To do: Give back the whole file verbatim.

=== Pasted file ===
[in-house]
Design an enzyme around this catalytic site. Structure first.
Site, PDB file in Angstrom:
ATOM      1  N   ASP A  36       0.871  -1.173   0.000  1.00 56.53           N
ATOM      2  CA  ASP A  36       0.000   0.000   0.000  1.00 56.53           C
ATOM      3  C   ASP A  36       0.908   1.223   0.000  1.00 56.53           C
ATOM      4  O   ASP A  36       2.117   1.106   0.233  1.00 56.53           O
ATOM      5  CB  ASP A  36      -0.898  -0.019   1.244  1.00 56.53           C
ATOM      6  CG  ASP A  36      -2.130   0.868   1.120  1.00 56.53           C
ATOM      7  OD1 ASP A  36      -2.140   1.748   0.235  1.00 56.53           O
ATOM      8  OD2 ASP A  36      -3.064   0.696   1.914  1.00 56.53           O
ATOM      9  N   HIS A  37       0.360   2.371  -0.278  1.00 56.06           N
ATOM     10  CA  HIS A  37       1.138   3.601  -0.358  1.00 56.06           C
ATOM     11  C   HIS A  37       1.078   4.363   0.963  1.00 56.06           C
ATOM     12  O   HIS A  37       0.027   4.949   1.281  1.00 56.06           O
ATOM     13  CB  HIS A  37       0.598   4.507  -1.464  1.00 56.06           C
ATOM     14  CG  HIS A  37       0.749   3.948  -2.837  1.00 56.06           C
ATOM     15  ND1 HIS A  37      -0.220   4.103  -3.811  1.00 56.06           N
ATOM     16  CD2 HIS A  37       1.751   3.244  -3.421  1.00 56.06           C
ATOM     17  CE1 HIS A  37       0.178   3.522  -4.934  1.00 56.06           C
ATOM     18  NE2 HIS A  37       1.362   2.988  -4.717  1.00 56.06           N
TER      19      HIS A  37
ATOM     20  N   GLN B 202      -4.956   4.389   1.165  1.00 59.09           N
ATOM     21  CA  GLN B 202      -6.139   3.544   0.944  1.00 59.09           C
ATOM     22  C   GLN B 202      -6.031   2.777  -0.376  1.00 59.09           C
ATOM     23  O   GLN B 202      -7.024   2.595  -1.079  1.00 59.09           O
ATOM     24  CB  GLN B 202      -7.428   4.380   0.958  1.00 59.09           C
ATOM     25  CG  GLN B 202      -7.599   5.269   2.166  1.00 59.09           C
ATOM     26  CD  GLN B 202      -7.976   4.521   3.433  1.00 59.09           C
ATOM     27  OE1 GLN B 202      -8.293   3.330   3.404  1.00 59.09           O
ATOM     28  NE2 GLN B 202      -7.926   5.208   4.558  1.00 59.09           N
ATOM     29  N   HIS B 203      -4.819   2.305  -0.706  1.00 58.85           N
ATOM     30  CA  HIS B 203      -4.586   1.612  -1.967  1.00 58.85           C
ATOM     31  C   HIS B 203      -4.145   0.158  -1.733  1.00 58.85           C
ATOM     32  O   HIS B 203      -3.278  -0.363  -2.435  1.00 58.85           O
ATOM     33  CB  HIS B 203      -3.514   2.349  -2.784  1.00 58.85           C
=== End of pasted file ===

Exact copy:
[in-house]
Design an enzyme around this catalytic site. Structure first.
Site, PDB file in Angstrom:
ATOM      1  N   ASP A  36       0.871  -1.173   0.000  1.00 56.53           N
ATOM      2  CA  ASP A  36       0.000   0.000   0.000  1.00 56.53           C
ATOM      3  C   ASP A  36       0.908   1.223   0.000  1.00 56.53           C
ATOM      4  O   ASP A  36       2.117   1.106   0.233  1.00 56.53           O
ATOM      5  CB  ASP A  36      -0.898  -0.019   1.244  1.00 56.53           C
ATOM      6  CG  ASP A  36      -2.130   0.868   1.120  1.00 56.53           C
ATOM      7  OD1 ASP A  36      -2.140   1.748   0.235  1.00 56.53           O
ATOM      8  OD2 ASP A  36      -3.064   0.696   1.914  1.00 56.53           O
ATOM      9  N   HIS A  37       0.360   2.371  -0.278  1.00 56.06           N
ATOM     10  CA  HIS A  37       1.138   3.601  -0.358  1.00 56.06           C
ATOM     11  C   HIS A  37       1.078   4.363   0.963  1.00 56.06           C
ATOM     12  O   HIS A  37       0.027   4.949   1.281  1.00 56.06           O
ATOM     13  CB  HIS A  37       0.598   4.507  -1.464  1.00 56.06           C
ATOM     14  CG  HIS A  37       0.749   3.948  -2.837  1.00 56.06           C
ATOM     15  ND1 HIS A  37      -0.220   4.103  -3.811  1.00 56.06           N
ATOM     16  CD2 HIS A  37       1.751   3.244  -3.421  1.00 56.06           C
ATOM     17  CE1 HIS A  37       0.178   3.522  -4.934  1.00 56.06           C
ATOM     18  NE2 HIS A  37       1.362   2.988  -4.717  1.00 56.06           N
TER      19      HIS A  37
ATOM     20  N   GLN B 202      -4.956   4.389   1.165  1.00 59.09           N
ATOM     21  CA  GLN B 202      -6.139   3.544   0.944  1.00 59.09           C
ATOM     22  C   GLN B 202      -6.031   2.777  -0.376  1.00 59.09           C
ATOM     23  O   GLN B 202      -7.024   2.595  -1.079  1.00 59.09           O
ATOM     24  CB  GLN B 202      -7.428   4.380   0.958  1.00 59.09           C
ATOM     25  CG  GLN B 202      -7.599   5.269   2.166  1.00 59.09           C
ATOM     26  CD  GLN B 202      -7.976   4.521   3.433  1.00 59.09           C
ATOM     27  OE1 GLN B 202      -8.293   3.330   3.404  1.00 59.09           O
ATOM     28  NE2 GLN B 202      -7.926   5.208   4.558  1.00 59.09           N
ATOM     29  N   HIS B 203      -4.819   2.305  -0.706  1.00 58.85           N
ATOM     30  CA  HIS B 203      -4.586   1.612  -1.967  1.00 58.85           C
ATOM     31  C   HIS B 203      -4.145   0.158  -1.733  1.00 58.85           C
ATOM     32  O   HIS B 203      -3.278  -0.363  -2.435  1.00 58.85           O
ATOM     33  CB  HIS B 203      -3.514   2.349  -2.784  1.00 58.85           C